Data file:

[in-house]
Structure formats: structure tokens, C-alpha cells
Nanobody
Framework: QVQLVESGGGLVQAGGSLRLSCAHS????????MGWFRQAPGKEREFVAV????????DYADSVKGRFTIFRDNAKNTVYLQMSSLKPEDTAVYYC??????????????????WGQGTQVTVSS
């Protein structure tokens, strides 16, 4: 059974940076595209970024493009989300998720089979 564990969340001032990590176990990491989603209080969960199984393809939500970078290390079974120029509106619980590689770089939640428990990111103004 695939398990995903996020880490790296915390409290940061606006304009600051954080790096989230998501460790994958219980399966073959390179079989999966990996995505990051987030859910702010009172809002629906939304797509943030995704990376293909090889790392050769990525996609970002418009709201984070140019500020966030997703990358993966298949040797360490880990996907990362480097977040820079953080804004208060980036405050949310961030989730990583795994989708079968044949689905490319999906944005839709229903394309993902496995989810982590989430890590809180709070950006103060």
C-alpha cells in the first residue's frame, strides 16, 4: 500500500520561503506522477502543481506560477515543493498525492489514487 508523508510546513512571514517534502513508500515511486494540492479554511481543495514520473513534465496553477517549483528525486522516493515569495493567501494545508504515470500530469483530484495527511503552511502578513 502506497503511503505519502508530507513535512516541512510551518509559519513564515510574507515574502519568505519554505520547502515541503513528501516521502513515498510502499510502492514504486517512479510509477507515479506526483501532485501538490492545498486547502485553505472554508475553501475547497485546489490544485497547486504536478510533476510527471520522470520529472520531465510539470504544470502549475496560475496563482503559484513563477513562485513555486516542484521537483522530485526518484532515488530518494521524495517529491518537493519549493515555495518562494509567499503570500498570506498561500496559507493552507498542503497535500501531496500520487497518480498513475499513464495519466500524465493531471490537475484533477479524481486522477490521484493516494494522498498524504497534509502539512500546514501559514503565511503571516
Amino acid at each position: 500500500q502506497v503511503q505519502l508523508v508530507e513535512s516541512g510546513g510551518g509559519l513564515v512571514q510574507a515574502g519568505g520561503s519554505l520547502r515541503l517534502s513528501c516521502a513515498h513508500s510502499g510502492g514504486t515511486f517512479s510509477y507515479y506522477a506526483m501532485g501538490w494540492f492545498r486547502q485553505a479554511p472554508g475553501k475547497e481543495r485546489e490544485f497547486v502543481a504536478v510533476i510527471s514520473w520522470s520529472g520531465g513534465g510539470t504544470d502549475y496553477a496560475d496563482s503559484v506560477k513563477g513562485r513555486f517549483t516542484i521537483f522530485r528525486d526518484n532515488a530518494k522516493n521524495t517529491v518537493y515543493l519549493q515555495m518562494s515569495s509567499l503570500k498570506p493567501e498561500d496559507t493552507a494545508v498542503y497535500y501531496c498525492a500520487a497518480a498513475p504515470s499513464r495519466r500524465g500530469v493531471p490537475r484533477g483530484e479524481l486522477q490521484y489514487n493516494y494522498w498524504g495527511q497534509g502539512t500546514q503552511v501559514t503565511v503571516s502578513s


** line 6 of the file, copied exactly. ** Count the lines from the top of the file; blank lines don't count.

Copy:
C-alpha cells in the first residue's frame, strides 16, 4: 500500500520561503506522477502543481506560477515543493498525492489514487 508523508510546513512571514517534502513508500515511486494540492479554511481543495514520473513534465496553477517549483528525486522516493515569495493567501494545508504515470500530469483530484495527511503552511502578513 502506497503511503505519502508530507513535512516541512510551518509559519513564515510574507515574502519568505519554505520547502515541503513528501516521502513515498510502499510502492514504486517512479510509477507515479506526483501532485501538490492545498486547502485553505472554508475553501475547497485546489490544485497547486504536478510533476510527471520522470520529472520531465510539470504544470502549475496560475496563482503559484513563477513562485513555486516542484521537483522530485526518484532515488530518494521524495517529491518537493519549493515555495518562494509567499503570500498570506498561500496559507493552507498542503497535500501531496500520487497518480498513475499513464495519466500524465493531471490537475484533477479524481486522477490521484493516494494522498498524504497534509502539512500546514501559514503565511503571516